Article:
Public statement relating to Settlement Agreement between the Central Bank of Ireland and KBC Bank Ireland plc

Date24 September 2020
The Central Bank of Ireland
KBC Bank Ireland plc
KBC Bank Ireland plc reprimanded and fined €18,314,000 by the Central Bank of Ireland
for regulatory breaches affecting tracker mortgage customer accounts
On 22 September 2020, the Central Bank of Ireland (the “Central Bank”) reprimanded and
fined KBC Bank Ireland plc (KBC” or the “Firm”) €18,314,000 pursuant to its Administrative
Sanctions Procedure (“ASP”) in respect of KBC’s serious failings to certain tracker mortgage
customers holding 3,741 customer accounts from June 2008 to October 2019. KBC has
admitted in full to 12 regulatory breaches.
The Central Bank has imposed a fine at the highest end of its sanctioning powers, reflecting
the gravity with which the Central Bank views KBC’s failures. The impact of KBC’s failings on
its customers, which related to 3,741 accounts, was devastating and included significant
overcharging and the loss of 66 properties. Additionally, KBC’s engagement and co-operation
with the Central Bank’s Tracker Mortgage Examination (the TME”) was deeply
unsatisfactory. KBC caused avoidable and sustained harm to impacted customers due to the
Firm’s unwillingness to acknowledge its failings until December 2017 and to take immediate
action to apply the protections of the TME. Had KBC adhered to the TME guidelines sooner,
without the need for significant and sustained Central Bank intervention, the harm to its
customers particularly incidences of property loss - would have been significantly reduced.
The Central Bank determined that the appropriate fine was €26,162,857, which was reduced
by 30% to 18,314,000 in accordance with the settlement discount scheme provided for in
the Central Bank’s ASP
. This will be paid to the Exchequer
The Central Bank’s ‘Outline of the Administrative Sanctions Procedure’ provides for an early settlement
discount of up to 30% in order to promote early resolution of matters, which in turn leads to better utilisation
of the resources of the Central Bank.
All fines collected by the Central Bank are returned to the Exchequer.
This fine is in addition to the 153,524,363 that KBC has been required to pay to date in
redress and compensation and account balance adjustments under the TME to its impacted
tracker mortgage customers.
The enforcement investigation, which was conducted in parallel with the TME, sought to
determine how and why KBC failed to fulfil its obligations to their customers. The
investigation also examined KBC’s failure to adhere to the Central Bank’s requirements under
the TME.
Over the course of 2008, tracker mortgages were becoming increasingly unprofitable for KBC,
resulting in the withdrawal of the product by July 2008. The Central Bank’s investigation found
that in doing so, KBC failed to treat its existing tracker mortgage customers fairly and put
KBC’s financial interests above the protections their customers should have been afforded. In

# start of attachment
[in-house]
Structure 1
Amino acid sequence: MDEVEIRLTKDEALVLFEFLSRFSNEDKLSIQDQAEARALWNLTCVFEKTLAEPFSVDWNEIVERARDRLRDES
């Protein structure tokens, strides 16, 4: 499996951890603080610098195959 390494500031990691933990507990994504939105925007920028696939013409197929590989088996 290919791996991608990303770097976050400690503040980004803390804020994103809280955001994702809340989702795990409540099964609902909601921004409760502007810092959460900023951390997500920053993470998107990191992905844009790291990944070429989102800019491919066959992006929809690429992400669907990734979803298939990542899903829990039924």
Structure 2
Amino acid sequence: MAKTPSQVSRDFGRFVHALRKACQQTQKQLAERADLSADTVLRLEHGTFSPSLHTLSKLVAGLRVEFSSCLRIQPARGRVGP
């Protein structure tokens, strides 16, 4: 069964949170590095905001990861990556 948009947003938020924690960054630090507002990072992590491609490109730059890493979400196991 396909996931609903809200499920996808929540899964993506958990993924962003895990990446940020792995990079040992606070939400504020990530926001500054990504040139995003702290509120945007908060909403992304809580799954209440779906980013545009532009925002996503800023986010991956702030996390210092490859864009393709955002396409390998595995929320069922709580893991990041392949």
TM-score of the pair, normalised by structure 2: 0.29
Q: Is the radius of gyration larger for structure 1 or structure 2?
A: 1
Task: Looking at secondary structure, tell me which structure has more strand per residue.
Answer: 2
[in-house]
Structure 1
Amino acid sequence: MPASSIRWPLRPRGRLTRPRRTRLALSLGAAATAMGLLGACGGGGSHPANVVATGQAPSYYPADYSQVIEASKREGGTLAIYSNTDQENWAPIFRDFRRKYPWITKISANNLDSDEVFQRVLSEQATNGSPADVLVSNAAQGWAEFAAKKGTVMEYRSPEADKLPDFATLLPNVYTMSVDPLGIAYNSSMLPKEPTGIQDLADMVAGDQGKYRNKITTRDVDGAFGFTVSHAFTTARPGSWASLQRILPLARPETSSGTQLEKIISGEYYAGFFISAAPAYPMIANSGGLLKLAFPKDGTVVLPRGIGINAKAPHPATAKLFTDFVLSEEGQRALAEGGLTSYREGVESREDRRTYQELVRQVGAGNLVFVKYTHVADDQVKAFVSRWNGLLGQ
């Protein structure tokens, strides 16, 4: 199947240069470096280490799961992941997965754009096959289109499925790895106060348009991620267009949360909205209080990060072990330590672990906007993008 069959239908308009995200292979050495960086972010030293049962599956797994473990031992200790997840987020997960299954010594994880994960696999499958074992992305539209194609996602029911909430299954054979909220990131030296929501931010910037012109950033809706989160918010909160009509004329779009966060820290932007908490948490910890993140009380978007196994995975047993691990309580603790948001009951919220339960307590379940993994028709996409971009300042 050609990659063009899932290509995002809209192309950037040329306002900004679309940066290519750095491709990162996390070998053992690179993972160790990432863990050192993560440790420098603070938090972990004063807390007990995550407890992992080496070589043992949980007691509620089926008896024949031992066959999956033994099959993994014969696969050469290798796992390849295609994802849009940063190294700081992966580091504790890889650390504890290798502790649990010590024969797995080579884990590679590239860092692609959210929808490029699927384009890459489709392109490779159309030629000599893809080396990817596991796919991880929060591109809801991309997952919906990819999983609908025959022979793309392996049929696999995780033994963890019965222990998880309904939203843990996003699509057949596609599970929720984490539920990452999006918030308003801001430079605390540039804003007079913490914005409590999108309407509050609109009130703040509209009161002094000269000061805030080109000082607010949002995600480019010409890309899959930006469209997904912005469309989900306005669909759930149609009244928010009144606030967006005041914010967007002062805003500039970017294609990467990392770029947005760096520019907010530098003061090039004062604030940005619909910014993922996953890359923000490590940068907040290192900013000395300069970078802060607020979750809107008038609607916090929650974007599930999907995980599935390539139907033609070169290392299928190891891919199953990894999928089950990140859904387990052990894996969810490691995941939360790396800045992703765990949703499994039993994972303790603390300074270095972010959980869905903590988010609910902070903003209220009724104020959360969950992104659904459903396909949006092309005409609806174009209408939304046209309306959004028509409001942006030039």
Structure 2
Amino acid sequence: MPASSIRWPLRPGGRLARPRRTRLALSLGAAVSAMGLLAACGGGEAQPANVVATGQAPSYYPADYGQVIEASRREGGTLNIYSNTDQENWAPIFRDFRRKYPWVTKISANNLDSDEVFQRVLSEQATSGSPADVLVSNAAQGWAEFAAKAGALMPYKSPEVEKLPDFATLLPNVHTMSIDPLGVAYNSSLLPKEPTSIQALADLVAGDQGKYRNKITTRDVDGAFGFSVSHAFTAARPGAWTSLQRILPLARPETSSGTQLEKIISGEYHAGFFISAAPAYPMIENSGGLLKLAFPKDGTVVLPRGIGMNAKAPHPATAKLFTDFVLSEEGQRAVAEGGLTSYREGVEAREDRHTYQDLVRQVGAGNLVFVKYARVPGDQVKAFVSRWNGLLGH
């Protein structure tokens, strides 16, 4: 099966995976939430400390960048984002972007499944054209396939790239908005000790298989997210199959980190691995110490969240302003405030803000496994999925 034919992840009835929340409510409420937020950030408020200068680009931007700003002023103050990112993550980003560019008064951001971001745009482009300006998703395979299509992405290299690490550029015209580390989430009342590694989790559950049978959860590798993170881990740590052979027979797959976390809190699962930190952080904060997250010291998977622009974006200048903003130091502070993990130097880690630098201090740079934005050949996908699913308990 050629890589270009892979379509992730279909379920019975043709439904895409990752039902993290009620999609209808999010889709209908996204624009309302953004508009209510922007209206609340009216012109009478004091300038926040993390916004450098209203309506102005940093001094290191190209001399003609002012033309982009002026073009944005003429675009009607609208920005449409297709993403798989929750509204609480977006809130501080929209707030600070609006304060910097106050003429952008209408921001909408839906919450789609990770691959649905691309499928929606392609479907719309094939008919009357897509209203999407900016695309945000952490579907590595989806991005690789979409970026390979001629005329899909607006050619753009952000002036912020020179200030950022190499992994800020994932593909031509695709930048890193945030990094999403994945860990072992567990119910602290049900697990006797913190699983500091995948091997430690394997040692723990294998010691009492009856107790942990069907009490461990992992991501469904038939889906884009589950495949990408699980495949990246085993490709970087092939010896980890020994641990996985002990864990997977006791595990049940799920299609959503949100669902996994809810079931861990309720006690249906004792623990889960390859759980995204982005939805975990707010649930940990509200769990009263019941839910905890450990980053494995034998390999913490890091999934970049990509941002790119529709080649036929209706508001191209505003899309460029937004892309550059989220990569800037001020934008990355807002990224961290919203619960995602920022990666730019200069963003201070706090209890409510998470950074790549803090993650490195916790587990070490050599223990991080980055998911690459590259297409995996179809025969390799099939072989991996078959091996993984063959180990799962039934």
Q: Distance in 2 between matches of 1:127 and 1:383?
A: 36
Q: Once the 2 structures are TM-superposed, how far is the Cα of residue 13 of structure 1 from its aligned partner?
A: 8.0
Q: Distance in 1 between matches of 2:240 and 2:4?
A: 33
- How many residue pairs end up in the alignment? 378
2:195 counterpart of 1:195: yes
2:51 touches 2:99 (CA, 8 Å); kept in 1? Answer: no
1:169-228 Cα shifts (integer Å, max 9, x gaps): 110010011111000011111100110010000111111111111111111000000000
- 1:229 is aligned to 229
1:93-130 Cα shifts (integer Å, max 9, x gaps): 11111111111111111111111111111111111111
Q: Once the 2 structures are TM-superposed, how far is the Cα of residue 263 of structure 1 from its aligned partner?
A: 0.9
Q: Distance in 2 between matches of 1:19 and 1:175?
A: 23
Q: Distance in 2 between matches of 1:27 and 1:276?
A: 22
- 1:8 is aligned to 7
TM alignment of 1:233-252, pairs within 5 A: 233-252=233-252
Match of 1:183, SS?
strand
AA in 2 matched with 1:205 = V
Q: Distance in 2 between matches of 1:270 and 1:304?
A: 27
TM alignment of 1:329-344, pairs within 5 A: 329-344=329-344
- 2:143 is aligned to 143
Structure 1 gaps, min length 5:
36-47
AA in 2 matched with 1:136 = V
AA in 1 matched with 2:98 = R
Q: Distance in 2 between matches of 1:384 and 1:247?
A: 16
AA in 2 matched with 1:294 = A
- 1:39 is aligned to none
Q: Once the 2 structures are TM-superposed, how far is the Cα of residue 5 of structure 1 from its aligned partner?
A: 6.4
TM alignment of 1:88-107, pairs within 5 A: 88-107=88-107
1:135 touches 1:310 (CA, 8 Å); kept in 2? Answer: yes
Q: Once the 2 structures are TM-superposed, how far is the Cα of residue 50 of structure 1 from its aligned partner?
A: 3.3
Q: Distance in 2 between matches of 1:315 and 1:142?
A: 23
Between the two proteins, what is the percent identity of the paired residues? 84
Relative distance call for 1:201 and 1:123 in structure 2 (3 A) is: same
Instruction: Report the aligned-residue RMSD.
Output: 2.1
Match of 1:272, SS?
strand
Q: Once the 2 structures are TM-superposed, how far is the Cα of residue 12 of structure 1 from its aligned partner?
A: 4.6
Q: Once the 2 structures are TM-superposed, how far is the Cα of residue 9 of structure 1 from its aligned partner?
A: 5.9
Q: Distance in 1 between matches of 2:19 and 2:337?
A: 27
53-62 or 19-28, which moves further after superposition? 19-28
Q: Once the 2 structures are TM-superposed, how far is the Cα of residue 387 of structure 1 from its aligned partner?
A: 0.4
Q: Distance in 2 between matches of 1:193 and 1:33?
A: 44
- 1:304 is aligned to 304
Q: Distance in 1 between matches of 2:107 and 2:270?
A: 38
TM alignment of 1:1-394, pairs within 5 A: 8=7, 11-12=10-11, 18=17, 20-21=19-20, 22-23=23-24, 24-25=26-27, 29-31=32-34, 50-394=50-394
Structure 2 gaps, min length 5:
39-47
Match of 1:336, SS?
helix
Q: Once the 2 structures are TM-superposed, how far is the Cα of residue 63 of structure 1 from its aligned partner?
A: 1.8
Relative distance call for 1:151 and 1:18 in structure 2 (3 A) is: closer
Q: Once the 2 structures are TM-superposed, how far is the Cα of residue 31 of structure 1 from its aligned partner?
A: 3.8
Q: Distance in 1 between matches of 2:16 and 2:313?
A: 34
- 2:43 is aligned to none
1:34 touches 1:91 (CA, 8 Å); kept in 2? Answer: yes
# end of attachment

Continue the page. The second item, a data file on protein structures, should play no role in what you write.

particular, KBC’s failures resulted from:
(i) A proactive strategy to convert customers off their tracker rates: In 2008, KBC
devised a strategy to permanently convert certain customers from their low-cost
tracker rates. This applied to customers seeking fixed rates or interest only periods
at a time when KBC knew that trackers were unprofitable for them. KBC failed to
adequately warn the customers concerned that such amendments would result in
the permanent loss of their tracker rates. The impact of this strategy was that
certain customers, some of whom were already in financial distress, were required
to make higher monthly mortgage repayments over the remaining term of their
mortgages. This in turn increased the profit margin KBC made on these mortgages.
(ii) Failure to adequately warn customers entering interest only or fixed rate periods
that they would be unable to return to their tracker rates: At a time when KBC
was withdrawing tracker products, it failed to provide customers with clear
documentation and/or to provide customers with vital information that their
request to fix their interest rate or move to an interest only period would lead to
the permanent loss of their tracker interest rate. KBC also failed to warn
customers seeking an interest only arrangement that they stood to pay more
interest over the lifetime of their loan.
(iii) Failure to adequately comply with the Central Bank’s Framework for the TME:
KBC failed to adhere to the guidelines set out in the Central Bank’s TME
Framework, requiring significant intervention from the Central Bank to ensure that
all impacted customers were identified, redressed and compensated.
(iv) Failure to adequately comply with the Stop the Harm Principles of the TME: From
the outset of the TME in December 2015, KBC failed to take adequate steps to
prevent customers from suffering any further harm or detriment pending the
outcome of the TME review. This included failing to stop charging higher, incorrect
rates of interest and failing to halt legal activity and loss of ownership of
customers’ properties. Of the 66 properties referenced above that were lost as a

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